Alternatives for Improvement
The first alternative is to replace all the employees suspected of committing fraud with new employees. Fraud perpetrators, executives or employees, need to know that such behavior has severe consequences (Rezaee, 2005). Any executive or employee who engages in accounting fraud scandals should get dismissed from the company. Such fraud could damage the brand image and may cost substantial money in the corporate world. If the firm has weak control structures or perpetrators are rarely punished, the opportunity to engage in financial statement fraud increases further.
There are many direct and indirect costs associated with this alternative. Employees coming in from other positions and organizations to fill a vacancy left by those fired may require training. This training cost can vary depending on type and period, but generally, the company could incur a considerable expense if new employees are needed regularly. Luckin Coffee will need to fund job advertisements, hire recruiters and in some cases, cater for candidate expenses during interviews. There are indirect costs associated with this alternative, including but not limited to a possible decrease in productivity, overworking remaining staff, and lost talents. Sometimes there might be lawsuits filed by the fired employees, which might cause legal costs on the company.
Luckin Coffee has to devise a recruitment plan, write a job description, advertise the position, carry out the initial screening, interviews and assess the applicants. This process could take a considerable amount of time. The training process for the new employees will also take time.
Luckin Coffee should start by identifying the duties and responsibilities of the position even before the employee gets fired. Next, all other employees must be notified of the process to avoid raising uncertainties regarding job security. Then, the position could be filled temporarily by an internal employee. Having a strong bench of talent at Luckin Coffee could be crucial in filling these positions without impacting productivity. Once the company has identified a permanent candidate, training should begin immediately.
The second alternative is to decrease and avoid misconduct at the workplace through a series of ethics training programs for all employees and managers. The moral character of businesses gets tested by events such as scandals and the falsification of documents. According to Singleton et al. (2003), these trends imply that either ethical standards have reached a new low or ethical behavior has gotten redefined. In most instances, because of a poor code of ethics, managers involved in fraud often go undiscovered by external auditors. Singleton et al. argue that there is a connection between corporate ethics and fraud. It is vital to develop or revise ethics policies or codes of conduct for internal controls and fraud prevention. Studies indicate that companies that demonstrate a commitment to their ethics policies have a better bottom line. Singleton et al. note that a weak ethical environment, such as lack of training or ethics policy, can weaken internal control systems and promote fraud. The company can also use training to vividly illustrate the outcomes of those caught to deter potential fraud incidences in the future. Once the employees get the necessary ethics training, they will know the ethics policy’s guidelines. Many will choose to be ethical, consequently raising the willingness to report ethics violations to benefit the firm.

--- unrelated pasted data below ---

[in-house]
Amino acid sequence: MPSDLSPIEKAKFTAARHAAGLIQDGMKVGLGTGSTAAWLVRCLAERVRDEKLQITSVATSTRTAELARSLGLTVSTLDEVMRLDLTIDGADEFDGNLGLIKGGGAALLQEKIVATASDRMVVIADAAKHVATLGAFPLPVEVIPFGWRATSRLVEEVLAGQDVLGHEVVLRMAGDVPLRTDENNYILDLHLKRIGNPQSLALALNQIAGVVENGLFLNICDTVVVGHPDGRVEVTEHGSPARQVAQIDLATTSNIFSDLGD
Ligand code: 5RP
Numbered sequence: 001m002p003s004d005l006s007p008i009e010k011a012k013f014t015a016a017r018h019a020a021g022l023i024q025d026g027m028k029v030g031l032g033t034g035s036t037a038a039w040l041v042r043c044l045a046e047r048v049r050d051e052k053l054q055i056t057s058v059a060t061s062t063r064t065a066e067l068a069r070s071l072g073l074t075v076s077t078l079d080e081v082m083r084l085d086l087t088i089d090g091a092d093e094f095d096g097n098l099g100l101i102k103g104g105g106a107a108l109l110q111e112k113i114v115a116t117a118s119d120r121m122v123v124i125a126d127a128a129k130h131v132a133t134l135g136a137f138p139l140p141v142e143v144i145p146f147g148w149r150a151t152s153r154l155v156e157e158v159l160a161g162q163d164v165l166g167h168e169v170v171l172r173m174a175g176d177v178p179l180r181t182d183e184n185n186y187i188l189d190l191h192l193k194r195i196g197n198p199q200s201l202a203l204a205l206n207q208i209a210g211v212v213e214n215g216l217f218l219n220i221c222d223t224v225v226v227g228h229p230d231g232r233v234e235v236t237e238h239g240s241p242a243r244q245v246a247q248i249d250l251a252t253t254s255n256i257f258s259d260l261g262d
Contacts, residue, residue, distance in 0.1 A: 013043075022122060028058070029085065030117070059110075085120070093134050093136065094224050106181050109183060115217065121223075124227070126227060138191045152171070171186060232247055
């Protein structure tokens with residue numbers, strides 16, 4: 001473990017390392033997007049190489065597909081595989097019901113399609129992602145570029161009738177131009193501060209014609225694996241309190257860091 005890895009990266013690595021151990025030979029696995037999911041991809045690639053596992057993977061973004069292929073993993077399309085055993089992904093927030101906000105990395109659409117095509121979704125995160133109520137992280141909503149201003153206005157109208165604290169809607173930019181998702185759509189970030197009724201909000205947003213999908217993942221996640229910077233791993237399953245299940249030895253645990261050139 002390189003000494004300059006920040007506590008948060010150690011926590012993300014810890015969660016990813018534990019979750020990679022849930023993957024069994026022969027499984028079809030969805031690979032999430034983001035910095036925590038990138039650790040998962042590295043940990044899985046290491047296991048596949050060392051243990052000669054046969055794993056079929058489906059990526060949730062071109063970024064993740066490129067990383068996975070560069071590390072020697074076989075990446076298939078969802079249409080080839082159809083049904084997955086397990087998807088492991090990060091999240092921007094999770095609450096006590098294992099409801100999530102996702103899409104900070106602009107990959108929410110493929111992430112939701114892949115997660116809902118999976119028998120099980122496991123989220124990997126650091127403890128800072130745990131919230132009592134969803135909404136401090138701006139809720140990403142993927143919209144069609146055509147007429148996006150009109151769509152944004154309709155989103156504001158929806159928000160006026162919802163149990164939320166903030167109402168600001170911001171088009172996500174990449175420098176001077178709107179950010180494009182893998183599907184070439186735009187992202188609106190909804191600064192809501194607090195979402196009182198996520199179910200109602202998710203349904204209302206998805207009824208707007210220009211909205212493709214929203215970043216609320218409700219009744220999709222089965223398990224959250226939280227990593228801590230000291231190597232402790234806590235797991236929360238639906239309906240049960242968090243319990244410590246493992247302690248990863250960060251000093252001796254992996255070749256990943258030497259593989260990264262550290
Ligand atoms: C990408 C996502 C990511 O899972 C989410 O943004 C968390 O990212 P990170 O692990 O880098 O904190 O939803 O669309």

The company’s only main cost in this alternative is the actual training process. The trainer may be a professional from a third party or a company representative. Minor costs include the cost of time spent in the training other than on their duties.
The training time should not coincide with the most productive hours of their workday. Every employee has to participate or sign up for a convenient training schedule, in which they have to give feedback on their progress. It could take weeks to months, depending on the training.